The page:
In fact, the monograph does double duty: it describes a smaller species of pterosaurs, Quetzalcoatlus lawsoniwhose bones have been found in large numbers, and derives a wealth of information from it to interpret the rare fossils specific to Quetzalcoatlus northropi. Let us prevent any misinterpretation from the outset: from an evolutionary point of view, it is neither a dinosaur nor a bird, but Kevin Padian and his co-authors compare this giant to “a stork or a heron, wading through shallow waters or roaming grasslands, gathering fish, invertebrates and small tetrapods with its long prehensile beak”letting them slide down his “throat” by gravity.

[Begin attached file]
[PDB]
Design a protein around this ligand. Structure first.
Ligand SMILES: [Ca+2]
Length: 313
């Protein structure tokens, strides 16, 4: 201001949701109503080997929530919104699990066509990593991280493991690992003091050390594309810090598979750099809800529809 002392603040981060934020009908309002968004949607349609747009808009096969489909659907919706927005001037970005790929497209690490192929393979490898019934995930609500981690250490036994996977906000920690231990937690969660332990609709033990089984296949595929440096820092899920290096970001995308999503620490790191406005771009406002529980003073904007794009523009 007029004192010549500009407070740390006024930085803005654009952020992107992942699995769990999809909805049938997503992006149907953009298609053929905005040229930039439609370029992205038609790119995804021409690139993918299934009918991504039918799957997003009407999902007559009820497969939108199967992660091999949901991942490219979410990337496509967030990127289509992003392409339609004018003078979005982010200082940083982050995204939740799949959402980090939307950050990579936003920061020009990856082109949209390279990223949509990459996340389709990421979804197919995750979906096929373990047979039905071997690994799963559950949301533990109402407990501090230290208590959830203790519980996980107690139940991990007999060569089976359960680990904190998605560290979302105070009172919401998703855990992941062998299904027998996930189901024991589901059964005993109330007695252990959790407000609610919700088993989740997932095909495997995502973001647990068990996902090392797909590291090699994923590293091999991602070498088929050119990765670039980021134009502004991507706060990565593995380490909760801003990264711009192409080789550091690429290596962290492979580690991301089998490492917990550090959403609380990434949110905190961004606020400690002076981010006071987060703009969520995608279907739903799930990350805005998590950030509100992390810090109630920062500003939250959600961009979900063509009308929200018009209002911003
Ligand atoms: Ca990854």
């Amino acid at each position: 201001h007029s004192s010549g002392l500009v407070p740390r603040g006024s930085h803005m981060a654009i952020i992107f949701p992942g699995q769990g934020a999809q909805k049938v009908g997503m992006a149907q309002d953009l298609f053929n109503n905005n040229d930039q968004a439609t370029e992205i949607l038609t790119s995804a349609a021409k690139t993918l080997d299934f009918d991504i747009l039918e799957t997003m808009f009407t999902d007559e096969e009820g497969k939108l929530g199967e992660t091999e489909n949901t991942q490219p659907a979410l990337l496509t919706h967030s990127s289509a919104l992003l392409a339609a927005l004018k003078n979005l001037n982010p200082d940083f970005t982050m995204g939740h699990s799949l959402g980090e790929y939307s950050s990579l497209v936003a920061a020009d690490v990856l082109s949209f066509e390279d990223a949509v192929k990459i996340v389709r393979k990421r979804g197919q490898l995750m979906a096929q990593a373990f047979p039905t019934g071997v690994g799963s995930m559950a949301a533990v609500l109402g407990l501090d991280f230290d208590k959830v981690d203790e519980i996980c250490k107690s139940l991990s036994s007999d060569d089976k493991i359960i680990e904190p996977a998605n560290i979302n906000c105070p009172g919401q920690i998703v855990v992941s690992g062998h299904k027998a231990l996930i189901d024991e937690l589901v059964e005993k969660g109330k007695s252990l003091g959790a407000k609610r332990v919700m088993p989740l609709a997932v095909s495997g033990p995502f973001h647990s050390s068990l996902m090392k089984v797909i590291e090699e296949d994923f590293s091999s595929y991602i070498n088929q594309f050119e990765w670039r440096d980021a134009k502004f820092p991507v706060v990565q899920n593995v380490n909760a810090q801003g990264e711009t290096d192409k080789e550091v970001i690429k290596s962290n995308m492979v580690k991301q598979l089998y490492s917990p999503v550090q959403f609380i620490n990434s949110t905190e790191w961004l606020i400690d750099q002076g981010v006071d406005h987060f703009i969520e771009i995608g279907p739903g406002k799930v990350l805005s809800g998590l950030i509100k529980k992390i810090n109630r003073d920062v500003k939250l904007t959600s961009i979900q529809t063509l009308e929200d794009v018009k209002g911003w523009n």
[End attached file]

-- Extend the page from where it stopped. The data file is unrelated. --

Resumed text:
Footprints left on the ground indicate that these pterosaurs walked on all fours, the folded wings acting as canes. And for the flight? Padian and his colleagues analyze several hypotheses, including that of a rise born of a leap propelled by powerful hind legs. “I don’t see many other plausible options”, comments Eric Buffetaut. This implies that the animal was not a pure glider and that its energy-demanding metabolism necessarily made it a warm-blooded reptile.